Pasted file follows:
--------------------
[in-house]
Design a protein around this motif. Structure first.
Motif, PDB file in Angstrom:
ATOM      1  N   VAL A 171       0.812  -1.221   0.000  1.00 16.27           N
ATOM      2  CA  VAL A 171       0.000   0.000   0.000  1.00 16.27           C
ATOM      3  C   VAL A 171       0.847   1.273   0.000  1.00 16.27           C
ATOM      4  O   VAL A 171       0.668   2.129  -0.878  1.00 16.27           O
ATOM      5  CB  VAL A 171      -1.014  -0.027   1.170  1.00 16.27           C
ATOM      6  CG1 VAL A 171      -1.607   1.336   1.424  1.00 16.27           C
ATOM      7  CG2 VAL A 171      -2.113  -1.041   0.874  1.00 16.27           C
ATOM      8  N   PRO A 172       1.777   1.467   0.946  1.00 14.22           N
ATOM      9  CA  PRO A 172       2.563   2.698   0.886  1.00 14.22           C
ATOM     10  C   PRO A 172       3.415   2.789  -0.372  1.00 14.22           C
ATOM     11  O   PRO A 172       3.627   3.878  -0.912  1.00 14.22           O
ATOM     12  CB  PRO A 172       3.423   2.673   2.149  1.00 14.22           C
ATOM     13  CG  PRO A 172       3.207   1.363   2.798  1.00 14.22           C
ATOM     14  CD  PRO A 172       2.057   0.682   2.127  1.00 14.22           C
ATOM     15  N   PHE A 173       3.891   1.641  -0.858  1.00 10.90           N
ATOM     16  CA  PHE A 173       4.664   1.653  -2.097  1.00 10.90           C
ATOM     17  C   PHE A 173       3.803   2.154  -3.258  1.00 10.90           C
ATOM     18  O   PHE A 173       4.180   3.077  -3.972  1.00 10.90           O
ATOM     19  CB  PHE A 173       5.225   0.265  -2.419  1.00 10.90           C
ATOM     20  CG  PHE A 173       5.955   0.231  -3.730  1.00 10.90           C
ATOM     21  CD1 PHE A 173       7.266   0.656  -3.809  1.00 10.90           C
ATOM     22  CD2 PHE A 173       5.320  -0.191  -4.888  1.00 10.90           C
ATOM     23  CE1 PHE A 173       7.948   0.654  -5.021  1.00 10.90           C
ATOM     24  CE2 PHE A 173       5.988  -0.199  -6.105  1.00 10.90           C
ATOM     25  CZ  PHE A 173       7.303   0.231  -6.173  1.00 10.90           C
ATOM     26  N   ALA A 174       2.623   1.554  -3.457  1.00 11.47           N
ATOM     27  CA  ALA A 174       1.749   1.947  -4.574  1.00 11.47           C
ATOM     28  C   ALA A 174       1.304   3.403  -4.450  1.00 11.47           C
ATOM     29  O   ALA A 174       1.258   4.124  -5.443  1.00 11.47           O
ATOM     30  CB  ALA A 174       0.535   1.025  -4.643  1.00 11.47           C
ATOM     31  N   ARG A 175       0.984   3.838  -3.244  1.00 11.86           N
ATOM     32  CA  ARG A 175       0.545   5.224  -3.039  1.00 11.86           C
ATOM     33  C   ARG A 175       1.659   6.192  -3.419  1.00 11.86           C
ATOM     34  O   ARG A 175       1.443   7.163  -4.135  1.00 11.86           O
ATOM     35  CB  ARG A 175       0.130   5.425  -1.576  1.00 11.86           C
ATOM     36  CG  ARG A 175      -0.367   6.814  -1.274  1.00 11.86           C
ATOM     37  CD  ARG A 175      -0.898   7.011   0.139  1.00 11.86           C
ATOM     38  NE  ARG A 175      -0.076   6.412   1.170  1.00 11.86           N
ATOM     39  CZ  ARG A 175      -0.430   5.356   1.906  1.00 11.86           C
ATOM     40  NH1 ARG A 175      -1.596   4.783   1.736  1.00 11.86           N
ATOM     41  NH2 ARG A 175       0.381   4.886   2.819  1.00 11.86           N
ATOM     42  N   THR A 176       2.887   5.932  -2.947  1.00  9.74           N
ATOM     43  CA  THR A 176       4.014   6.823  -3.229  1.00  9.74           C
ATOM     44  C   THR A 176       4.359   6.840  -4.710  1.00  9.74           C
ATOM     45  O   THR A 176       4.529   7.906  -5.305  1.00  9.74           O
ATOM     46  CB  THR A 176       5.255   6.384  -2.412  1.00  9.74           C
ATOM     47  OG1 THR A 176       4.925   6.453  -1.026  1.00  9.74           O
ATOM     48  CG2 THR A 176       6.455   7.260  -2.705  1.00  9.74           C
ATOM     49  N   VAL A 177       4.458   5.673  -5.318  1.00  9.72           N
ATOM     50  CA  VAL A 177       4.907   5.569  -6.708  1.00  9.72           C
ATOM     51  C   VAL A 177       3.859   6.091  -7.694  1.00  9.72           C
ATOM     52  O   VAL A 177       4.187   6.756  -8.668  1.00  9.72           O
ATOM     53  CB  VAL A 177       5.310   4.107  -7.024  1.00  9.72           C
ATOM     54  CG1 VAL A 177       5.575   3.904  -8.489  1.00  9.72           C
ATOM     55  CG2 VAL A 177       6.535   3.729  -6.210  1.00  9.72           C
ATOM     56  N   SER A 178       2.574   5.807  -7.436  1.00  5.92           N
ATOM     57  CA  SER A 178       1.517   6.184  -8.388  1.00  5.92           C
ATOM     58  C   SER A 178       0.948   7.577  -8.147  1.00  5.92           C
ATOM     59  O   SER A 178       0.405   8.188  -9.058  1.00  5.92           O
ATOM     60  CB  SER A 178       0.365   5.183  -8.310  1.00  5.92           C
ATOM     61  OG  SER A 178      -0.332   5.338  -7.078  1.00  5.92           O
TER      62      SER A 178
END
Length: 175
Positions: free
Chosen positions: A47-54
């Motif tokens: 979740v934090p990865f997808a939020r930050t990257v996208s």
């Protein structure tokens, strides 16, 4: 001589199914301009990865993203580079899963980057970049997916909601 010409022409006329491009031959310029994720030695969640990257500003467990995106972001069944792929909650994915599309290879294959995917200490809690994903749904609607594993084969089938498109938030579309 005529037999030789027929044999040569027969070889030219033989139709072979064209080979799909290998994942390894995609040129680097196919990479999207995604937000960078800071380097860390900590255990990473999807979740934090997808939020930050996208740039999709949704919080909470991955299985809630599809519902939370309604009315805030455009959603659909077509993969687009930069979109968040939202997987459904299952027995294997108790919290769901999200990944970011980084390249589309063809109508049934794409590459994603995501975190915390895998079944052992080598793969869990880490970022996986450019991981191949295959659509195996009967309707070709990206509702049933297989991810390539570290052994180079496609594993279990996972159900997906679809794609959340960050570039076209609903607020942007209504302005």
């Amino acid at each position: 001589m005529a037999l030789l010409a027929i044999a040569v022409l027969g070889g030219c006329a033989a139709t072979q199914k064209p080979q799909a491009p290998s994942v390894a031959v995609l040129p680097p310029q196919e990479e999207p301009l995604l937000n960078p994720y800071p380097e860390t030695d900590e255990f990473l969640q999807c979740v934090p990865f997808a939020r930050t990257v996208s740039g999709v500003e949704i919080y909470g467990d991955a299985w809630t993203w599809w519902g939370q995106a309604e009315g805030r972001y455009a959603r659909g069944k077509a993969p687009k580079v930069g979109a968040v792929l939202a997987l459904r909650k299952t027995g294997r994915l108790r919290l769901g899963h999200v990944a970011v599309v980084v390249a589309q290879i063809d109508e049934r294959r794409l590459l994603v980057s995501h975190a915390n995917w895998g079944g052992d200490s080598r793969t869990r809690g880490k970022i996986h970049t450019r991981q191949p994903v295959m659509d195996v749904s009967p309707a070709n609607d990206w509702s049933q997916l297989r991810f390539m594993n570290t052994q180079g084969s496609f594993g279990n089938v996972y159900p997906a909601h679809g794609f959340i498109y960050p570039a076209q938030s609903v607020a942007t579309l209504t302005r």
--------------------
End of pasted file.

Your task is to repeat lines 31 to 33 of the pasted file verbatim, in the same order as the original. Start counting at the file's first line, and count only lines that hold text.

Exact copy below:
ATOM     28  C   ALA A 174       1.304   3.403  -4.450  1.00 11.47           C
ATOM     29  O   ALA A 174       1.258   4.124  -5.443  1.00 11.47           O
ATOM     30  CB  ALA A 174       0.535   1.025  -4.643  1.00 11.47           C